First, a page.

Many microbes contain an enzyme essential for conversion of carbon dioxide into carbon monoxide. Such reaction is very crucial for generating energy and building carbon compounds, especially for bacteria living in anaerobic environment.
Scientists have been taking a lot of interest in such enzymes of microbes in order to discover new ways to remove greenhouse gas from the atmosphere and transformed them into carbon-containing compounds.
Catherine Drennan, a professor of biology and chemistry at MIT said, industrial processes for transforming carbon dioxide are energy-intensive which requires high temperature and pressure whereas the enzymes can conduct the same process at normal temperature. In a recent study, Drennan and other research group at MIT have found a distinct aspect of the structure of the ‘C-cluster’, a group of sulfur and metal atoms that forms the central part of the enzyme CODH (Carbon monoxide dehydrogenase). The scientists noticed an ability of the cluster to alter its configuration while it was expected to form a thick scaffold.
Clusters that consist of metals including C-cluster are capable of performing several important reactions in microbial organisms such as breaking down of nitrogen gas molecules, which is nearly impossible to recreate industrially.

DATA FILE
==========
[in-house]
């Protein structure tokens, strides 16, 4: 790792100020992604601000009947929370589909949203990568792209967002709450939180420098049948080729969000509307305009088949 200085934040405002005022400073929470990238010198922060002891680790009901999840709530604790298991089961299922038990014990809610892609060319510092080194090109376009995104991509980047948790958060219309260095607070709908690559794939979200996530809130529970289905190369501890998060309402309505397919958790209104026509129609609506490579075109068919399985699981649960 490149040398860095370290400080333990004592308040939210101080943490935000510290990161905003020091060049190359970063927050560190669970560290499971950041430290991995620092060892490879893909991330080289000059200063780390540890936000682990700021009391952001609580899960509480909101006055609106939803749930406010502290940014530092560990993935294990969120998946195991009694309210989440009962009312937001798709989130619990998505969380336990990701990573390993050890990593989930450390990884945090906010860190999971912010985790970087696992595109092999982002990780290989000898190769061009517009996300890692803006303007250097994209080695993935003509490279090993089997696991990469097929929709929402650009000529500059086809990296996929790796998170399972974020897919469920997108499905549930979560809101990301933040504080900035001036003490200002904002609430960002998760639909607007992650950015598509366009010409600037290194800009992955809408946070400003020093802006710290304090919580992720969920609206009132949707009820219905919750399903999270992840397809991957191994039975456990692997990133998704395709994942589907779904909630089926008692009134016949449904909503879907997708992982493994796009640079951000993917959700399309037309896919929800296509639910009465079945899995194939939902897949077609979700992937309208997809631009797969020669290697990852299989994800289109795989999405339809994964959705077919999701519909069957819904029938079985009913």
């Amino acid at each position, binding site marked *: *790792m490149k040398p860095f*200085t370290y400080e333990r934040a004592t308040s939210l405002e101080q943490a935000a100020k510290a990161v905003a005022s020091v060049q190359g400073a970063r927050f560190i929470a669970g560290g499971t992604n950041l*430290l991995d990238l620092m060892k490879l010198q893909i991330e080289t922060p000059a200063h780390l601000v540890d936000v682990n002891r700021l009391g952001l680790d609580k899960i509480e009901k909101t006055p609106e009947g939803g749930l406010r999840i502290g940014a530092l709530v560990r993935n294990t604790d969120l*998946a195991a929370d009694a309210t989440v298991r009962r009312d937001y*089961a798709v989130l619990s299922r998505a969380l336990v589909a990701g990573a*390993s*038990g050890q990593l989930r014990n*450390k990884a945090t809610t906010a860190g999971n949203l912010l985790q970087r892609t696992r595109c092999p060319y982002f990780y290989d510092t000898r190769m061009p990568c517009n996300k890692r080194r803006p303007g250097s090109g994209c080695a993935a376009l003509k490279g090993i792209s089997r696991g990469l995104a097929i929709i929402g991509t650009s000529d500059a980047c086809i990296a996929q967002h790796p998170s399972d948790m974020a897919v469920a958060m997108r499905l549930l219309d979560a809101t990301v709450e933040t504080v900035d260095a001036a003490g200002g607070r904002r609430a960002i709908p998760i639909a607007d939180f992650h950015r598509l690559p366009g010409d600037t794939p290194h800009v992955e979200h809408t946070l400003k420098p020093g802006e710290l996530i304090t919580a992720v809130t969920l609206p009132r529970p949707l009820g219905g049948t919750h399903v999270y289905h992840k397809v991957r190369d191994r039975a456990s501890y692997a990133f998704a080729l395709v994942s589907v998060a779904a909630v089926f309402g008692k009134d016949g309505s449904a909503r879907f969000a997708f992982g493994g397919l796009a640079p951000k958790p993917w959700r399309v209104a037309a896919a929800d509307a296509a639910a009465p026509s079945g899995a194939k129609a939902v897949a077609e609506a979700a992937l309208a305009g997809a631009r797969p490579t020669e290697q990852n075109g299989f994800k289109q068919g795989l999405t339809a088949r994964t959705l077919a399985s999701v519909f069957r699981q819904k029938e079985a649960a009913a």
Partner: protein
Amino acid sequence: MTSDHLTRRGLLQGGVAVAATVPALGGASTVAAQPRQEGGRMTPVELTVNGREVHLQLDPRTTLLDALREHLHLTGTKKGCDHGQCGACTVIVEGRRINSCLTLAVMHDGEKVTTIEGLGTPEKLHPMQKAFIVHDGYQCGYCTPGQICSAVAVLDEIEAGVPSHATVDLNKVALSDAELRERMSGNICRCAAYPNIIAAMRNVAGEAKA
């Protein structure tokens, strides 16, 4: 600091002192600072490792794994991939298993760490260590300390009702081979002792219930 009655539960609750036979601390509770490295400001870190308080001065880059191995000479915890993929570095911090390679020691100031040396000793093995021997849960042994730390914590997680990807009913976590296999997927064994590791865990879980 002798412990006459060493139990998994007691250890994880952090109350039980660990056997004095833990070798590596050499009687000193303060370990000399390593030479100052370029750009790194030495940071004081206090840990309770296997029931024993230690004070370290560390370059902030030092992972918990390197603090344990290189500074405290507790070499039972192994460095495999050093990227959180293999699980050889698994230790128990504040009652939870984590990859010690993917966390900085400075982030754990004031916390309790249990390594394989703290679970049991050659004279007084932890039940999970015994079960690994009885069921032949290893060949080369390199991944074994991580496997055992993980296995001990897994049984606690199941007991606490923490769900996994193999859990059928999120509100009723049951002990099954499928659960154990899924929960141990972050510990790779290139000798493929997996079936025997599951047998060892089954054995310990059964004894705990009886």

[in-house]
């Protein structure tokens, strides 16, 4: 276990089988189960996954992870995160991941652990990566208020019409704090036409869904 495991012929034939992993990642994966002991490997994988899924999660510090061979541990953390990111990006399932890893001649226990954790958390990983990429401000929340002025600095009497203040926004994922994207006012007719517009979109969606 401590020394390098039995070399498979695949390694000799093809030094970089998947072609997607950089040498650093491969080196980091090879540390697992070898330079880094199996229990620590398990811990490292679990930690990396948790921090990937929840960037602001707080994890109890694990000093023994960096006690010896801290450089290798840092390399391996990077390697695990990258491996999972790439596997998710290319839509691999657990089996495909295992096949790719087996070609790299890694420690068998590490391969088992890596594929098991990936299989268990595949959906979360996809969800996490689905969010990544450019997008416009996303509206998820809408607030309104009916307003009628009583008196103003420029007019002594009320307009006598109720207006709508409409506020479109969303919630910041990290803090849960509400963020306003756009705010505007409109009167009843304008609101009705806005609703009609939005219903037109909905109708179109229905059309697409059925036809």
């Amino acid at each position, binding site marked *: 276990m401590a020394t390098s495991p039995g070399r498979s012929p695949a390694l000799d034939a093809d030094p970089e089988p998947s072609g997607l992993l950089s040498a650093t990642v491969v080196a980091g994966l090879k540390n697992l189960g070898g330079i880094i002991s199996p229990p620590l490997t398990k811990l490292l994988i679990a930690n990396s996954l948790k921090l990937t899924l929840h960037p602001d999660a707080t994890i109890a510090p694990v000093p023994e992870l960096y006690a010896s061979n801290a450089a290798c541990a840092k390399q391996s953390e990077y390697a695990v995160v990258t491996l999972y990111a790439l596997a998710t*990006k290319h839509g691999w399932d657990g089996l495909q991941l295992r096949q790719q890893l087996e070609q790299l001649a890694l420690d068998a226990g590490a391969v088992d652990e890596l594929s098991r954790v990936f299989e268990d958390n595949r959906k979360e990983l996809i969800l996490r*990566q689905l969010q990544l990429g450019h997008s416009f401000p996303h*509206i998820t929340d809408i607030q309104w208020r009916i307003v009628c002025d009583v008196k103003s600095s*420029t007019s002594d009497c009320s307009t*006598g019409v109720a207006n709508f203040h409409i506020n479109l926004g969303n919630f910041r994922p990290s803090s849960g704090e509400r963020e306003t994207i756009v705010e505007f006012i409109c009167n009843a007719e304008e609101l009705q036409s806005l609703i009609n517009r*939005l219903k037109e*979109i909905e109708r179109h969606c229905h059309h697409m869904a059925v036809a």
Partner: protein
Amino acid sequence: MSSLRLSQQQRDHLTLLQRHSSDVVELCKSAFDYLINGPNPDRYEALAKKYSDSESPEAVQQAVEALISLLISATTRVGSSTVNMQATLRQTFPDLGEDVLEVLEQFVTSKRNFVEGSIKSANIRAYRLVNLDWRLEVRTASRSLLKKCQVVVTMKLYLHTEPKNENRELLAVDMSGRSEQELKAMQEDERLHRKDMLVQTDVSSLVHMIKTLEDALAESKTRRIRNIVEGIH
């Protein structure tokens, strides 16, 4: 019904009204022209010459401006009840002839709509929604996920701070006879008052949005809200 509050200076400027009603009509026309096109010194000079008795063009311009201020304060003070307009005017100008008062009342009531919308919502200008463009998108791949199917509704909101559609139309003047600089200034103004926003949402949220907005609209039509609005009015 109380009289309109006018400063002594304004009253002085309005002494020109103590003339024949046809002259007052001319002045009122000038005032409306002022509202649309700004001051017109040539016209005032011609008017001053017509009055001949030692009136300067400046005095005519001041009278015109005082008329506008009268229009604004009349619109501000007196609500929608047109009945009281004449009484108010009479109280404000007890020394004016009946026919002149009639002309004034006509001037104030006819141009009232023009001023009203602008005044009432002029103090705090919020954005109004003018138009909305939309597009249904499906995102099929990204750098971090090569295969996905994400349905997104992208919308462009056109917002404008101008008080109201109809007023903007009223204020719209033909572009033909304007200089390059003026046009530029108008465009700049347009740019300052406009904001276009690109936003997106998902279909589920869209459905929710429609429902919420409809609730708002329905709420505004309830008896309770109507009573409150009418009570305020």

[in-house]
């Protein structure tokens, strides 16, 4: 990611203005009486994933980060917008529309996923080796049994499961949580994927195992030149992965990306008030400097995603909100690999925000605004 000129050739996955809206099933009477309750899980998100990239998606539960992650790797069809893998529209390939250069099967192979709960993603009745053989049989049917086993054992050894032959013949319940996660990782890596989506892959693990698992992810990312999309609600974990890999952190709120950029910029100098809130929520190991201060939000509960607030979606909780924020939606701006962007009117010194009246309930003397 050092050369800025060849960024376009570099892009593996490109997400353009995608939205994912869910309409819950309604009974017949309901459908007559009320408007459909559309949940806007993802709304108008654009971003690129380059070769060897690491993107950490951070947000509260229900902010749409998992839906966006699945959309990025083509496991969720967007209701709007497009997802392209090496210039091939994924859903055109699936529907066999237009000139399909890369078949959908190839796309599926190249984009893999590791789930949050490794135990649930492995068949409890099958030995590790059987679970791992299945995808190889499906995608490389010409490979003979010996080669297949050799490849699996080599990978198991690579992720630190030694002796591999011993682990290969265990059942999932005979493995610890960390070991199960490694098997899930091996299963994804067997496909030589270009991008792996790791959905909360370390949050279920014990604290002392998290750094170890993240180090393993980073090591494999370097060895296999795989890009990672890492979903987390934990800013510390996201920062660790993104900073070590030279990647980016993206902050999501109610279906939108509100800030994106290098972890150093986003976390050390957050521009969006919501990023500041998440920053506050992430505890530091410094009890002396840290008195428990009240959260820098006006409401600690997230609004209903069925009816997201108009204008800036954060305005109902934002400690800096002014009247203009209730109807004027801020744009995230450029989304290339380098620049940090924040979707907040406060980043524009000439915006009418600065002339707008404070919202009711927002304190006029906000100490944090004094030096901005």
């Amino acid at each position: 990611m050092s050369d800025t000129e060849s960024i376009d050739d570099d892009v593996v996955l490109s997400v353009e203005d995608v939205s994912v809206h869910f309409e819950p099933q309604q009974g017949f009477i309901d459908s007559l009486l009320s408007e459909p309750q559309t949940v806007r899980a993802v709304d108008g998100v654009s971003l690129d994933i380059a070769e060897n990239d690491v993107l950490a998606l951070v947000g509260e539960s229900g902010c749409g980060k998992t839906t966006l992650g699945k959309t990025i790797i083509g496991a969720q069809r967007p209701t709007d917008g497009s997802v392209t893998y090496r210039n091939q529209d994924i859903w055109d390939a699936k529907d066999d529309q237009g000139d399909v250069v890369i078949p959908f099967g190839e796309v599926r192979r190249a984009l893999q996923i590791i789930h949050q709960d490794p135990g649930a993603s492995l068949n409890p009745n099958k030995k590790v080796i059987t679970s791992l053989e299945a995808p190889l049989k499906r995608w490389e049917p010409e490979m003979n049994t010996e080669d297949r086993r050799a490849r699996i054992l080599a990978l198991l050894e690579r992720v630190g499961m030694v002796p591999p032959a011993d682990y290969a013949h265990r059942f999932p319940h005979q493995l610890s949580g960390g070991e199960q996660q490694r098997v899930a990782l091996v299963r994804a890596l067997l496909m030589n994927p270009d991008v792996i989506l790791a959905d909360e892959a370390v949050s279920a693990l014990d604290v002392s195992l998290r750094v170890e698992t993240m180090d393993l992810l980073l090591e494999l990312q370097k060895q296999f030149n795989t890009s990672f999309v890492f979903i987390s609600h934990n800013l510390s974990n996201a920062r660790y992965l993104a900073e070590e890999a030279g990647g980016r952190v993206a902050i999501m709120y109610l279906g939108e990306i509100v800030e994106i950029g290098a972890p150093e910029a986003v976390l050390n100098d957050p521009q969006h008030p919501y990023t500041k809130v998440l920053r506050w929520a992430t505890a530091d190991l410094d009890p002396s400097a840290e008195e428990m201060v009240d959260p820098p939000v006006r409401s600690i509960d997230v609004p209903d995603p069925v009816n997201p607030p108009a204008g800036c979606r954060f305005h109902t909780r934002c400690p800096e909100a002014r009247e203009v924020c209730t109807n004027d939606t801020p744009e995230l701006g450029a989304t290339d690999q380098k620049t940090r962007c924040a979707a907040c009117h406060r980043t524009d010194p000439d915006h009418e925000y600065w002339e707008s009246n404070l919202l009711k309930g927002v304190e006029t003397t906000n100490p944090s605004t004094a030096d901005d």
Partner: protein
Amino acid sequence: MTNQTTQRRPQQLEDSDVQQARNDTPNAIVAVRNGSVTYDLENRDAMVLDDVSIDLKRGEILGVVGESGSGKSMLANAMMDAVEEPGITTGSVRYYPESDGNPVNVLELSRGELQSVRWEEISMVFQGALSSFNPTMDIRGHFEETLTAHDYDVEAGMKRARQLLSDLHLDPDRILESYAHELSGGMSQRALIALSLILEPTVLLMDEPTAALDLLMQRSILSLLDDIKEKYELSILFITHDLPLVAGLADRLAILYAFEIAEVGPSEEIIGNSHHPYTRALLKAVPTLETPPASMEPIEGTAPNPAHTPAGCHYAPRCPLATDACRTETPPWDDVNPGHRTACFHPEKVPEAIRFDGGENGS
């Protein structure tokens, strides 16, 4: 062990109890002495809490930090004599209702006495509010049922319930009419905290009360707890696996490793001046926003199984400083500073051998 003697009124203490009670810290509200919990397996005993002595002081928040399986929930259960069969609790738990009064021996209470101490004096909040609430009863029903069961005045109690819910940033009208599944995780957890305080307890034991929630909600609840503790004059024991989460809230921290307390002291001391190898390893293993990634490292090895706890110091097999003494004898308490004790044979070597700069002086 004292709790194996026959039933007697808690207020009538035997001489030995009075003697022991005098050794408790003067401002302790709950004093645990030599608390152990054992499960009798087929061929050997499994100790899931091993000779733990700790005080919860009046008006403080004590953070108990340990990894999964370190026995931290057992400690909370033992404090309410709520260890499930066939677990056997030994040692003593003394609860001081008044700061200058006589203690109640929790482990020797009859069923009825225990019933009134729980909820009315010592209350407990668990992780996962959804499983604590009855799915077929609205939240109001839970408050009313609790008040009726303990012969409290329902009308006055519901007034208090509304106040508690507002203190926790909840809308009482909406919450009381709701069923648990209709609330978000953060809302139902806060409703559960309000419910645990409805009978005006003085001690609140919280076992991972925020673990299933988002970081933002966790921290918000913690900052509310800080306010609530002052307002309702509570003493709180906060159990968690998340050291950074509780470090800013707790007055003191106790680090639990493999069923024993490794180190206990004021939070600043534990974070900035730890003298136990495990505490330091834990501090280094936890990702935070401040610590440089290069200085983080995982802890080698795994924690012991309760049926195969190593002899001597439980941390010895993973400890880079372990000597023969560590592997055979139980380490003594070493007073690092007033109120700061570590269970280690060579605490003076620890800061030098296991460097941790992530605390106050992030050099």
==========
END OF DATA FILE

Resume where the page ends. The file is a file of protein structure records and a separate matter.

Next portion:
Drennan has been studying the structure of C-cluster and CODH from the last 20 years. She and other scientist group used X-ray crystallography and each created a structure for the enzyme, but the structures weren’t exactly the same. Eventually, the differences were resolved and came up with well-established structure of enzyme CODH.
A few years ago, Wittenborn studied the project to understand sensitivity of the enzyme to oxygen inactivation and to determine the setup of C-cluster. The analysis has resulted into two distinct structures for the C-cluster:
1st Structure: A cube comprising of four sulfur atoms, a nickel atom, and three iron atoms, with a fourth one connected to the cube.
2nd Structure: In the cube-like structure, the nickel atom is removed and replaces the fourth iron atom. This displaced iron atom then binds with an adjacent amino acid and holds it in its new region while a sulfur atom goes out of the cube. Occurrence of all the movements are in unison and it is called as ‘molecular cartwheel’.
According to the researchers, movement of atoms occurs upon the exposure of oxygen, which is believed to prevent the cluster from degenerating in response to oxygen.
Apart from this largest metal shift of enzyme cluster, certain rearrangements were also found in some enzymes including metal cluster in enzyme nitrogenase, which is required for the conversion of nitrogen gas into ammonia.
Drennan said that understanding more about the unique structure of these clusters, how they react to oxygen exposure, and how they are assembled could help the scientists who are trying replicate their action for industrial application. This would provide a better chance to mimic the biological system and reduce the accumulation of greenhouse gas, she added.